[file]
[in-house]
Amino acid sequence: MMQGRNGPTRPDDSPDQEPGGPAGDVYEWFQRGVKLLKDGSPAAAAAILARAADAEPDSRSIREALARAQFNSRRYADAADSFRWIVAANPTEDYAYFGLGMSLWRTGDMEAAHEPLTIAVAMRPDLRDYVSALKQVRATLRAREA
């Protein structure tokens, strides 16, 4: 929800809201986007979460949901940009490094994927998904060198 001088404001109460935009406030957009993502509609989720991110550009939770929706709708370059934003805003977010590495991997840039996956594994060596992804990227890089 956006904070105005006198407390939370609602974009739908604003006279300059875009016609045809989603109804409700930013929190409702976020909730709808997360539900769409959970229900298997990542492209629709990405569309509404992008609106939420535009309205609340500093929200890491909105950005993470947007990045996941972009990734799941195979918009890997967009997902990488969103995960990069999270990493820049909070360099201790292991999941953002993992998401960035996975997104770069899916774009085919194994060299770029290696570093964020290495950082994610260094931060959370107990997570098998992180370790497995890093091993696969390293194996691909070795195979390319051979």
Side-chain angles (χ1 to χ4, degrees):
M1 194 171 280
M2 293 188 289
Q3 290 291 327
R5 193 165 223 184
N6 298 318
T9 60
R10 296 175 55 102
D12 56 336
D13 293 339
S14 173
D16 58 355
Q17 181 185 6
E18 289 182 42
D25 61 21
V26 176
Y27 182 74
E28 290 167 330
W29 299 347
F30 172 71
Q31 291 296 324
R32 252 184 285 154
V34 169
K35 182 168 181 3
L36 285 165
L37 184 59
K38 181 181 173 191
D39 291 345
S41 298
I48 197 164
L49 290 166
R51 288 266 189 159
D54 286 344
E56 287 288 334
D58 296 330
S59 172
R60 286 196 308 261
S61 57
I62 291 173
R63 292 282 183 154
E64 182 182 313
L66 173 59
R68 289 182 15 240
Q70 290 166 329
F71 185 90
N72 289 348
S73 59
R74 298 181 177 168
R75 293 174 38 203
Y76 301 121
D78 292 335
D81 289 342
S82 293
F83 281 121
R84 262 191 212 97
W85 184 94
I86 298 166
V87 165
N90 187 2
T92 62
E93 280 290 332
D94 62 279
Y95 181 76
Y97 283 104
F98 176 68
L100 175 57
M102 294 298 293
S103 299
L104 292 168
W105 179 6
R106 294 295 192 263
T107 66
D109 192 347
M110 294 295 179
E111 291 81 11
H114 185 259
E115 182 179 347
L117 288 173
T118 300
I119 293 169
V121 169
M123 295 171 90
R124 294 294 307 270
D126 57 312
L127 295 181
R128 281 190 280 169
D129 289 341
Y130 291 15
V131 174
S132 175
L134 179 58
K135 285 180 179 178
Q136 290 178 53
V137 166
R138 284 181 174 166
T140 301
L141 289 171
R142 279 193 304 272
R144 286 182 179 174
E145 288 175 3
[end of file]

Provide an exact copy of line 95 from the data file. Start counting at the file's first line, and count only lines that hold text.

K135 285 180 179 178